No Replies From Recruiters? Did You Apply for a Job That You Aren’t Qualified For?By esljoblinks I Teaching - Other I 0 comment
We have all heard the complaint moaned countless times, “Why don’t recruiters get back to me?!” The infamous Black Hole of the application process, as we call it in the industry. Dare I reply on your behalf, “Because you never should have applied in the first place and already have stolen my valuable time?”
At TheLadders, our client support teams devote much of their days helping recruiters redesign and rewrite their job descriptions to ensure maximum exposure to finding the RIGHT candidates. Even then, we often hear how recruiters must sift through piles of unqualified applications where the job seeker does not meet the position’s minimum requirements.
Through the use of cutting-edge “eye tracking” technology, TheLadders recently studied exactly how much time job seekers spend (not much!) reviewing online JReqs, in addition to what items they find the most valuable (the full research is available via TheLadders’ white paper).
The study concluded that:
- Job seekers self-report spending up to 10 minutes viewing a job
- On average, they actually only spend between 39.7 and 76.7 seconds
- Job seekers are able to identify good fits at a rate of only 38%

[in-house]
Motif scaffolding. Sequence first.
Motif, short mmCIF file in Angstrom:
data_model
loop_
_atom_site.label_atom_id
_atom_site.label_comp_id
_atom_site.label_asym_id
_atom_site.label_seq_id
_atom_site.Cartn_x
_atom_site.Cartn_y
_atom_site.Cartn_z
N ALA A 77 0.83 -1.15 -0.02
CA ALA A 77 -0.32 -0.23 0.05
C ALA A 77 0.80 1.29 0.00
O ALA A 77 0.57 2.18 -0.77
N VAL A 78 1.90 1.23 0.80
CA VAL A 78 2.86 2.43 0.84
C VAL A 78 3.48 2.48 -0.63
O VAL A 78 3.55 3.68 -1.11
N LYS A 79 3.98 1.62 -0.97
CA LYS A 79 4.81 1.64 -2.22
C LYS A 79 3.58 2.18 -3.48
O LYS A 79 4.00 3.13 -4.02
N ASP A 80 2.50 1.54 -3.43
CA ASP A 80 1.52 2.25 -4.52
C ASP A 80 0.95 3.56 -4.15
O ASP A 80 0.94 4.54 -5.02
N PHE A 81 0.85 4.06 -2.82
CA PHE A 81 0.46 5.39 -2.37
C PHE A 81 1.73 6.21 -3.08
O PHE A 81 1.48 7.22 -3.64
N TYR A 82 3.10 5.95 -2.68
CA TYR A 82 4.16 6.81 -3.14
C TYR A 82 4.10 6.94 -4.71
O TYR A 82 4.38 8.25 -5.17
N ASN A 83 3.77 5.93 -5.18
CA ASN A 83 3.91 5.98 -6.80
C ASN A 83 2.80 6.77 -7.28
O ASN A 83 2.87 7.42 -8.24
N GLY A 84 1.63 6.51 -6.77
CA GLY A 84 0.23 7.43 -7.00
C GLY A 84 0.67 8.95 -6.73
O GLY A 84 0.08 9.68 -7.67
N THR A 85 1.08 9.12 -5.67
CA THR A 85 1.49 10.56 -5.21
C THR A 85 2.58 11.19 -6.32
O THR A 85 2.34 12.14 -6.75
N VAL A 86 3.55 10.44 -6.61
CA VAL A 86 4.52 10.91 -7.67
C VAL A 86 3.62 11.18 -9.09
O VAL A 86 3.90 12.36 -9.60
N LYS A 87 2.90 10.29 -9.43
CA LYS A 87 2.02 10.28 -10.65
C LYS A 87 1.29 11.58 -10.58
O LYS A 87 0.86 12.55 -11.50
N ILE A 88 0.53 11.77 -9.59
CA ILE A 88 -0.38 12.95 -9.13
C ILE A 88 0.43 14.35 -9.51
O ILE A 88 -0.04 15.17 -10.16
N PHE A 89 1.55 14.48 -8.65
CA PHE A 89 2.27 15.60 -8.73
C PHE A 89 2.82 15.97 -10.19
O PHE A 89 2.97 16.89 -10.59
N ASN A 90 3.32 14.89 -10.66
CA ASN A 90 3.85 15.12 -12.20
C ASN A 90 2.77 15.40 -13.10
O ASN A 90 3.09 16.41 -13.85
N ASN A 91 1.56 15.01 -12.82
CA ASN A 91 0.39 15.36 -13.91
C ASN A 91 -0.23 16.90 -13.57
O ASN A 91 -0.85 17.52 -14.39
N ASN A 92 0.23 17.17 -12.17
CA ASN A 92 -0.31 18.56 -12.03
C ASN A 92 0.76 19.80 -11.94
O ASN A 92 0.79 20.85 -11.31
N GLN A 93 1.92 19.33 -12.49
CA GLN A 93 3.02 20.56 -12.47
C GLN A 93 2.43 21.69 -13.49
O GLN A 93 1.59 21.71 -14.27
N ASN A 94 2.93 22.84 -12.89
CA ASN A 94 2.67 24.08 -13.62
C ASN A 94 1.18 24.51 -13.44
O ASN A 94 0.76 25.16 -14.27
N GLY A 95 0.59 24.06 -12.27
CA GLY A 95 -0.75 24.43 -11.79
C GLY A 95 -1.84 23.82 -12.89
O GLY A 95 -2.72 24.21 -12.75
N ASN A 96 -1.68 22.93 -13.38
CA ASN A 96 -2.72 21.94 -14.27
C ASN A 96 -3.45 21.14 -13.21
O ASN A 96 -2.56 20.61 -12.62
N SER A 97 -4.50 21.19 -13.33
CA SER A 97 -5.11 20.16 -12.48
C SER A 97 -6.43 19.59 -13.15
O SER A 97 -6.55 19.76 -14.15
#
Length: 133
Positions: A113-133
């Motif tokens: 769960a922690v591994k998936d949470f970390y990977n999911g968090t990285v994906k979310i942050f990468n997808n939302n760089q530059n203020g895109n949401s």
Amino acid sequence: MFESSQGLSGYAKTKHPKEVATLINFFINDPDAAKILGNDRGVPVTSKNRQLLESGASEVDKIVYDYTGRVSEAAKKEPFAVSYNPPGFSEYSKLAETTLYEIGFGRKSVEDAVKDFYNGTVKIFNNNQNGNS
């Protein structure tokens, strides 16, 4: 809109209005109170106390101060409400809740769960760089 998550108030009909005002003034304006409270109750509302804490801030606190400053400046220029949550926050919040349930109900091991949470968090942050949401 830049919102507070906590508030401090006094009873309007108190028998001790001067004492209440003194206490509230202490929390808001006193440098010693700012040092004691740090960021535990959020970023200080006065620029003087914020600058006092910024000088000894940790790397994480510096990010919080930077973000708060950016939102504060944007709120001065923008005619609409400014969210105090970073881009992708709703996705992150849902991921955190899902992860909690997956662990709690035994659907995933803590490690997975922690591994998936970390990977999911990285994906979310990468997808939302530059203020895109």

- On average, 62% of recruiter-reviewed resumes are a complete waste
With a nod to Mother’s Day, our well-meaning mothers raised us to be polite and professional individuals who would happily respond to inquiries sent our way. However, when job seekers are either too hasty in their application process or lacking the self-awareness to realize that certain jobs are above their skillset, the result is dozens – if not hundreds — of resumes which must be reviewed (many of which are way off the mark). In any other situation, one would not be expected to take the time to close the loop with someone who has already been a waste of time.
That said, the study did result in several enlightenments for job seekers, employers, and TheLadders. Job seekers spent a majority of their time reviewing:
– Job title
– Job details (location, salary range, recruiter profile)
– The top of the job description (the bottom was ignored or simply skimmed)
– Job requirements, but very little time
To read the entire article, go to the source link below.